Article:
South Korea welcomes dialogue with North but no easing of sanctions
Moon Jae-in pledges tougher sanctions if Pyongyang tests another nuclear weapon
South Korean president Moon Jae-in: “I am giving a lot of credit to President Trump . . . I am expressing my gratitude,” he said, of the US president’s role in the Korean talks. Photograph: Kim Hong-Ji /EPA
President Moon Jae-in has said South Korea would introduce tougher sanctions if North Korea resumed nuclear tests, and credited US president Donald Trump with playing a major role in bringing about dialogue with Pyongyang.
“We will work to help resolve the North Korean nuclear issue by seeking improvements in the South-North Korea relationship through dialogue but should the North stage an additional provocation, the international community will continue to put strong sanctions,” Mr Moon told a news conference in the presidential Blue House in Seoul.
“And our government too will have no choice but to push for both [dialogue and sanctions],” he said.
He was speaking one day after inter-Korean talks to discuss the North’s participation in the Winter Olympics, to be held in the South Korean city of Pyeongchang next month.
The talks in the “peace village” of Panmunjom at the demilitarised zone (DMZ) were the first between the two Koreas since 2015 and they opened the door to further dialogue, possibly including the North’s nuclear weapons programme.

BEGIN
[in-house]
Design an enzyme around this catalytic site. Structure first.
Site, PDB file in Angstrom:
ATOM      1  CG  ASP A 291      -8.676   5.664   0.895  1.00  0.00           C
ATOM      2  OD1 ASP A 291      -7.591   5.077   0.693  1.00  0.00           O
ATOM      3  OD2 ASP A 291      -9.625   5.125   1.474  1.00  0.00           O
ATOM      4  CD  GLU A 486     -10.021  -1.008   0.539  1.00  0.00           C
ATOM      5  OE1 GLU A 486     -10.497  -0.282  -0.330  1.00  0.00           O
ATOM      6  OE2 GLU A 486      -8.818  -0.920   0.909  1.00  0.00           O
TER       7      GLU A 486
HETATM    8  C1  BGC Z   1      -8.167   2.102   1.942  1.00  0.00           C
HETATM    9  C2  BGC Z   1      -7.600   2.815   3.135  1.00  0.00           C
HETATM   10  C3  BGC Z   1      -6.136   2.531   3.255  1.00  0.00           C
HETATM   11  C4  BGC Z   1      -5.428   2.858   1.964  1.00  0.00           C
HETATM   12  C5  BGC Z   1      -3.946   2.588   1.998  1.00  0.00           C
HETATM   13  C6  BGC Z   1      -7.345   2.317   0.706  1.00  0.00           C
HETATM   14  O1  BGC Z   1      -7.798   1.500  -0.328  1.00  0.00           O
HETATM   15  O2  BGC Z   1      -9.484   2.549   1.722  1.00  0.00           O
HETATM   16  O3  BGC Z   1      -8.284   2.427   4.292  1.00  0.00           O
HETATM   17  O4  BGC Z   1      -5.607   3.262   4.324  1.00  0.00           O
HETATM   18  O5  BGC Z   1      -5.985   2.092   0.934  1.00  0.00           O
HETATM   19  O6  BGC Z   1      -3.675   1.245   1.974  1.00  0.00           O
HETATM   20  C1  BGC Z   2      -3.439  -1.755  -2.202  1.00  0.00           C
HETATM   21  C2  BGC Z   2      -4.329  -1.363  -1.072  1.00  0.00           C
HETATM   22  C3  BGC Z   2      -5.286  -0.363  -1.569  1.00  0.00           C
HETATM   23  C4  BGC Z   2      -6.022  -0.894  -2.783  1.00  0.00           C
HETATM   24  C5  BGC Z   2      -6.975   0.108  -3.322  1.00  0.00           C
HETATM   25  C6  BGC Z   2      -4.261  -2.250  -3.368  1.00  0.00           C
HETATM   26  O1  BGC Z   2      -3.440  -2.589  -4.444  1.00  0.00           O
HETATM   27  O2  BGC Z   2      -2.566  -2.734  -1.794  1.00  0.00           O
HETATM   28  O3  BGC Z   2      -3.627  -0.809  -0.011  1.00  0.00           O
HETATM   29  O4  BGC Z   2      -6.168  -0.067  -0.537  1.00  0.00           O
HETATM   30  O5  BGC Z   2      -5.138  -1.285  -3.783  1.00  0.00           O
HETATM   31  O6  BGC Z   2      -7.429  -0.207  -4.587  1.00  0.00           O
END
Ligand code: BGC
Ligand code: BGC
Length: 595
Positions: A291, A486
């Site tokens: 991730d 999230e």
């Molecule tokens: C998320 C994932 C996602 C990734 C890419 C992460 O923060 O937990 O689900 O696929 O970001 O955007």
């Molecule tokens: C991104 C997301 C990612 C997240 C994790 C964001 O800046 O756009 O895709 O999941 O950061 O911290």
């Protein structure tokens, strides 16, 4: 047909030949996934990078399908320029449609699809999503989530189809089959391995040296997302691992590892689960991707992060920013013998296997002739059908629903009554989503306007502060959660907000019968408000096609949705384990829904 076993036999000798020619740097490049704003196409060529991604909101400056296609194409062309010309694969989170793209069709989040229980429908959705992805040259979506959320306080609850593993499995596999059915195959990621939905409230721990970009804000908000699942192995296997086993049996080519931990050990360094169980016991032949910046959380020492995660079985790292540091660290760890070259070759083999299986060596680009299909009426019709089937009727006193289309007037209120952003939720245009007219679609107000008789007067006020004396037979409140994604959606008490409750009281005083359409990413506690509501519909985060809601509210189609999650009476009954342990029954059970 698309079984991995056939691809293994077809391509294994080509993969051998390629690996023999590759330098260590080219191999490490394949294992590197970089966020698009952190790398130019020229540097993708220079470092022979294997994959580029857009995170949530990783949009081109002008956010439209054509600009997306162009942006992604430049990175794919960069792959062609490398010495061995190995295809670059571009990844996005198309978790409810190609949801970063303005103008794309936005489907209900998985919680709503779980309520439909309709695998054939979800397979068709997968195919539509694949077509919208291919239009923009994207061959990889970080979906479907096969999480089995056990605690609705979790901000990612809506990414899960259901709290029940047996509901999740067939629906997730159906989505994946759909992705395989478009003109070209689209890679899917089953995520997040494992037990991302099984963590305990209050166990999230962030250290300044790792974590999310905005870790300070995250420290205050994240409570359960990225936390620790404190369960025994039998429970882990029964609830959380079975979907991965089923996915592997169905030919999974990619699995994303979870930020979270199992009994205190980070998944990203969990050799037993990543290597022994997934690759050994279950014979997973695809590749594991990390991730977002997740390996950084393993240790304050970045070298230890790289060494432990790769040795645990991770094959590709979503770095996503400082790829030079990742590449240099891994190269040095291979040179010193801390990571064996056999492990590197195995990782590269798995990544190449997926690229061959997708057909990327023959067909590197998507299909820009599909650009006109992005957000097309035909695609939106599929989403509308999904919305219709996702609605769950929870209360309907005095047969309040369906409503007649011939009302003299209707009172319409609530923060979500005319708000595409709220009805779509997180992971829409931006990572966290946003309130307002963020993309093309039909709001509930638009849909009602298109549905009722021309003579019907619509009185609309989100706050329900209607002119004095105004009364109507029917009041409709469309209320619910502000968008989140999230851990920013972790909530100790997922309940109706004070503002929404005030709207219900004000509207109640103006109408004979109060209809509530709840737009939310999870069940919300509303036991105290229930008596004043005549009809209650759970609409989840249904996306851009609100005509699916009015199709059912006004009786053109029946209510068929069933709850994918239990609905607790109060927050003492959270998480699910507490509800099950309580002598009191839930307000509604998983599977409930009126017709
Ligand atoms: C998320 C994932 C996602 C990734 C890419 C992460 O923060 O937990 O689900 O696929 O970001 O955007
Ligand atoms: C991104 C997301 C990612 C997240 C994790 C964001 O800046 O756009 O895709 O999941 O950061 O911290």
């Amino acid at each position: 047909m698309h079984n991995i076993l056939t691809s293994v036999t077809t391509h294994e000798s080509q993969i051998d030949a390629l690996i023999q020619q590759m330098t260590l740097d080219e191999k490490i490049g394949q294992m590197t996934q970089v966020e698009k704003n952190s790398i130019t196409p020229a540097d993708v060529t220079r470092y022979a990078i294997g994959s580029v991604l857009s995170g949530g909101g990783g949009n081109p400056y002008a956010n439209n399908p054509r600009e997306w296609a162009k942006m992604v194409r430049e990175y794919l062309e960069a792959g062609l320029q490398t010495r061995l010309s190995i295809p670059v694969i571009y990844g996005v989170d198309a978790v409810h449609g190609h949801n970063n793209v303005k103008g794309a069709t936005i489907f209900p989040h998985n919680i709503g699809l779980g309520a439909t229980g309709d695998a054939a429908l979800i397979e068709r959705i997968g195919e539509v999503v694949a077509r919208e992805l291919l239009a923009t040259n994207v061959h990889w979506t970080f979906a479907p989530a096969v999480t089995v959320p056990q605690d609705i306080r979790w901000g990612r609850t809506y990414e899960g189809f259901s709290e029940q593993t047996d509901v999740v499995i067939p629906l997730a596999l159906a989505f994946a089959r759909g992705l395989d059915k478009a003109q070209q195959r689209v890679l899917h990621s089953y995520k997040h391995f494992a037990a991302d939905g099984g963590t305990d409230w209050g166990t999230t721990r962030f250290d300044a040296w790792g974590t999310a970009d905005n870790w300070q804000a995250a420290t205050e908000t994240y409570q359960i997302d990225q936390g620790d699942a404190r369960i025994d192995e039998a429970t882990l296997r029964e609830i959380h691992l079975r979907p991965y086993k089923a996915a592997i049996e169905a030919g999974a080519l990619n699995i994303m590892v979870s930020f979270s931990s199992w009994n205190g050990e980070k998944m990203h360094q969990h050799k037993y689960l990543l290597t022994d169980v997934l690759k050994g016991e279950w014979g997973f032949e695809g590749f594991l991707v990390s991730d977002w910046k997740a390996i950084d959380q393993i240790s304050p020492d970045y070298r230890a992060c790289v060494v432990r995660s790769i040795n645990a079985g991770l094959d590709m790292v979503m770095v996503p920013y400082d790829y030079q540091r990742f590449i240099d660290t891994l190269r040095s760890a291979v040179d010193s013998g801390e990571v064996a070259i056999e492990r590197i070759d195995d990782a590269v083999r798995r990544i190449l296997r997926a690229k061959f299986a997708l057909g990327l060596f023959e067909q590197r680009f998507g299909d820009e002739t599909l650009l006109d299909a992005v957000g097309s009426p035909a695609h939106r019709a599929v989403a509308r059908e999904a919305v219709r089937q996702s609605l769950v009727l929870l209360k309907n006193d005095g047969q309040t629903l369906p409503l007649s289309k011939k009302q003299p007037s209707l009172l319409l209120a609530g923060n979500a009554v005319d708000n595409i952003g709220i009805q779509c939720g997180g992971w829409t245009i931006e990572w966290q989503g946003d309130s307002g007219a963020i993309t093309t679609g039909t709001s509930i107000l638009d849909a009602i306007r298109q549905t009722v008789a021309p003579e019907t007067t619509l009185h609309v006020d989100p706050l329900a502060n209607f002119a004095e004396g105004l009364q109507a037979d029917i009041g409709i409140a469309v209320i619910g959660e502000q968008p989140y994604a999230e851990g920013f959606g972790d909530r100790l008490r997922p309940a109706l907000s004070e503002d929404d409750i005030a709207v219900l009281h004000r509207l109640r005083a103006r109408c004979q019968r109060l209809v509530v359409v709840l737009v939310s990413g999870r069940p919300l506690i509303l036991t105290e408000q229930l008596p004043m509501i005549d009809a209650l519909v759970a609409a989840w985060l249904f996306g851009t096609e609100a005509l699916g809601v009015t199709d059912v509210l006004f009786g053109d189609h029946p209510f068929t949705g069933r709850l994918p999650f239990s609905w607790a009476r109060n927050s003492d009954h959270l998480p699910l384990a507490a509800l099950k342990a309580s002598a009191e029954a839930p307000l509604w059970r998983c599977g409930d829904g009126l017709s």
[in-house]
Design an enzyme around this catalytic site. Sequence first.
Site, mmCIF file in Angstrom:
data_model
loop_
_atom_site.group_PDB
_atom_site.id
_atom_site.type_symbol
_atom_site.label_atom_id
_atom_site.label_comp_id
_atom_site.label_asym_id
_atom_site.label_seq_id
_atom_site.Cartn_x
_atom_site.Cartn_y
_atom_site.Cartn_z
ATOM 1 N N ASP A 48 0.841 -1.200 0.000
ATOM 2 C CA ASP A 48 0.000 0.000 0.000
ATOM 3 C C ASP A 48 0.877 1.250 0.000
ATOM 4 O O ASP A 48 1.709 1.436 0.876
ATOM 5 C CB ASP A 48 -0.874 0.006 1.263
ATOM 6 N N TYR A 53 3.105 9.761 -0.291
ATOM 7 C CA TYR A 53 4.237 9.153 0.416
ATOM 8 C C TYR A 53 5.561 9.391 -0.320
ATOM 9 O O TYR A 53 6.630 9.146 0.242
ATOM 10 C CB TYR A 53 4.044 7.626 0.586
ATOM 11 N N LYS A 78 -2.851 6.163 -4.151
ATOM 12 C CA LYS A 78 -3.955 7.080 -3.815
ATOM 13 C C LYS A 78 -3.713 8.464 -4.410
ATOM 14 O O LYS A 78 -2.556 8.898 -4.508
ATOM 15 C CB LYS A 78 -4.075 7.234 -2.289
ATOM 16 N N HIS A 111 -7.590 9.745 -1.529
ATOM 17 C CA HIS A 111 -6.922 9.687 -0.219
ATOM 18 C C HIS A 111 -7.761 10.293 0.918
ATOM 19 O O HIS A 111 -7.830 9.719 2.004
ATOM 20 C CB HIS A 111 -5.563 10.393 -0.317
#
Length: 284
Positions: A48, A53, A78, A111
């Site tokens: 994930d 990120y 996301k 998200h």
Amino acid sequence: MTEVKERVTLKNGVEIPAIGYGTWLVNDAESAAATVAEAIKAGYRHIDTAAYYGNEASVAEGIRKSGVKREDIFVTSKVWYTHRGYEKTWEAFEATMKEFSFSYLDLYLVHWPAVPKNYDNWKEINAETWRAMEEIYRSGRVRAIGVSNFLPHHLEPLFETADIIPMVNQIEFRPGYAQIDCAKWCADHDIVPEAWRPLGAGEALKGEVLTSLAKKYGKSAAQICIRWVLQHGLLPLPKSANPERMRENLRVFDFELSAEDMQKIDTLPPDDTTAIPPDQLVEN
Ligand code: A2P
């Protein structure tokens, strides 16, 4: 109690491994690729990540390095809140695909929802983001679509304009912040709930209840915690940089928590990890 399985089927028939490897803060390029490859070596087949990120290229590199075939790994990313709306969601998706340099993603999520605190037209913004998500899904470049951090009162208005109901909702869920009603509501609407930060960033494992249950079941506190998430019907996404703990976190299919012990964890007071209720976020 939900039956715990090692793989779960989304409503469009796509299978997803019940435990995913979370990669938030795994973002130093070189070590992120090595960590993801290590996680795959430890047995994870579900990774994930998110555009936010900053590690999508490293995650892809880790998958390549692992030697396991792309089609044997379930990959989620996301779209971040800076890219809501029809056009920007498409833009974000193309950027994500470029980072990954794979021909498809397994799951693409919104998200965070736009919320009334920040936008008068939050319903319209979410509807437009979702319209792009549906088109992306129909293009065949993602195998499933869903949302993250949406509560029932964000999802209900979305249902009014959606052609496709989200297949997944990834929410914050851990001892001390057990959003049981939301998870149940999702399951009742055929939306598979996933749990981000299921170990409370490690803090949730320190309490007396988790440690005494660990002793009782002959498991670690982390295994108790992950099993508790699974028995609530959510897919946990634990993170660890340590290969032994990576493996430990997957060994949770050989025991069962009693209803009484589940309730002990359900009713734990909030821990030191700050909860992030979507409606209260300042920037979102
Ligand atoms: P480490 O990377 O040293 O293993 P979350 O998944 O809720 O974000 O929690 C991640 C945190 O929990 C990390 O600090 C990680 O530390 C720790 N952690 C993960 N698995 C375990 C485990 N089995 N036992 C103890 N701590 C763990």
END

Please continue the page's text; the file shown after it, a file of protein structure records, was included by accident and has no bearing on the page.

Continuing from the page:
North Korea said it would send a delegation to the games, including a team of taekwondo martial arts athletes, cheerleaders, journalists and officials.
A slanging match between North Korean leader Kim Jong-un and Mr Trump, and strong rhetoric from the US president about willingness to use force against the North, had jangled nerves in the region.
Some analysts feared that the bilateral talks between the two Koreas were an attempt by the North to drive a wedge between the South and the US. Mr Trump has claimed credit in a tweet for bringing about the talks, and Mr Moon underlined the strength of the relationship between Washington and Seoul, and thanked Mr Trump for his help.
“I am giving a lot of credit to President Trump . . . I am expressing my gratitude,” he said.
South Korea would work towards reopening the inter-Korean Kaesong industrial park and ending the prohibition of cross-border economic activities, but the nuclear issue needed to be resolved for this to happen.
“The South-North Korean issue can be improved when the North Korean nuclear issue is resolved and once the South-North Korean relations are improved, they can help resolve the North Korean nuclear issue,”he said.
“I will do my best to make this year a new start for peace on the Korean Peninsula. In the process, I will co-operate more closely with related countries, including our ally, the US, China and Japan, and the rest of the international community,” Mr Moon said.